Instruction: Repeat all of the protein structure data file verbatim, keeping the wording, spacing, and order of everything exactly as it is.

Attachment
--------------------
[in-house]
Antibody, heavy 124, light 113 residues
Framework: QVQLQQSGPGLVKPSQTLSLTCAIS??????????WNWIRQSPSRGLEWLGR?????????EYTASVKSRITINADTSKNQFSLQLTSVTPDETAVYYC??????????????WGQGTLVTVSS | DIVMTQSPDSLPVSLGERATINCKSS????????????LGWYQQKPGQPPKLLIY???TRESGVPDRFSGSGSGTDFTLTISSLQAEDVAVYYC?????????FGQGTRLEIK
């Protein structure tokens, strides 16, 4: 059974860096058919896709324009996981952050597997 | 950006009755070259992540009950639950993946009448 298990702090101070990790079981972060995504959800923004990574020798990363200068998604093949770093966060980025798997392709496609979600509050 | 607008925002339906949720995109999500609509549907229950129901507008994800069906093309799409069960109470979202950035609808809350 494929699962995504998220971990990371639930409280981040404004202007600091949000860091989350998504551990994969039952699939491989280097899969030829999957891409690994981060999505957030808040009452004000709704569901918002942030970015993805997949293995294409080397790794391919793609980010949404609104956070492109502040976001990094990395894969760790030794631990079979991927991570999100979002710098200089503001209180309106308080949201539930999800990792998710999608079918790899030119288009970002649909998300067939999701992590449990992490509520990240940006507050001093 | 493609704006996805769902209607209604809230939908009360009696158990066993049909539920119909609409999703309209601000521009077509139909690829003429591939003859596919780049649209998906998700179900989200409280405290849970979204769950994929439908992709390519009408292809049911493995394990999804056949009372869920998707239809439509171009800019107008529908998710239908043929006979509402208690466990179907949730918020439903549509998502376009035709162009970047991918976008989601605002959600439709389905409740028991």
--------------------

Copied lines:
[in-house]
Antibody, heavy 124, light 113 residues
Framework: QVQLQQSGPGLVKPSQTLSLTCAIS??????????WNWIRQSPSRGLEWLGR?????????EYTASVKSRITINADTSKNQFSLQLTSVTPDETAVYYC??????????????WGQGTLVTVSS | DIVMTQSPDSLPVSLGERATINCKSS????????????LGWYQQKPGQPPKLLIY???TRESGVPDRFSGSGSGTDFTLTISSLQAEDVAVYYC?????????FGQGTRLEIK
């Protein structure tokens, strides 16, 4: 059974860096058919896709324009996981952050597997 | 950006009755070259992540009950639950993946009448 298990702090101070990790079981972060995504959800923004990574020798990363200068998604093949770093966060980025798997392709496609979600509050 | 607008925002339906949720995109999500609509549907229950129901507008994800069906093309799409069960109470979202950035609808809350 494929699962995504998220971990990371639930409280981040404004202007600091949000860091989350998504551990994969039952699939491989280097899969030829999957891409690994981060999505957030808040009452004000709704569901918002942030970015993805997949293995294409080397790794391919793609980010949404609104956070492109502040976001990094990395894969760790030794631990079979991927991570999100979002710098200089503001209180309106308080949201539930999800990792998710999608079918790899030119288009970002649909998300067939999701992590449990992490509520990240940006507050001093 | 493609704006996805769902209607209604809230939908009360009696158990066993049909539920119909609409999703309209601000521009077509139909690829003429591939003859596919780049649209998906998700179900989200409280405290849970979204769950994929439908992709390519009408292809049911493995394990999804056949009372869920998707239809439509171009800019107008529908998710239908043929006979509402208690466990179907949730918020439903549509998502376009035709162009970047991918976008989601605002959600439709389905409740028991």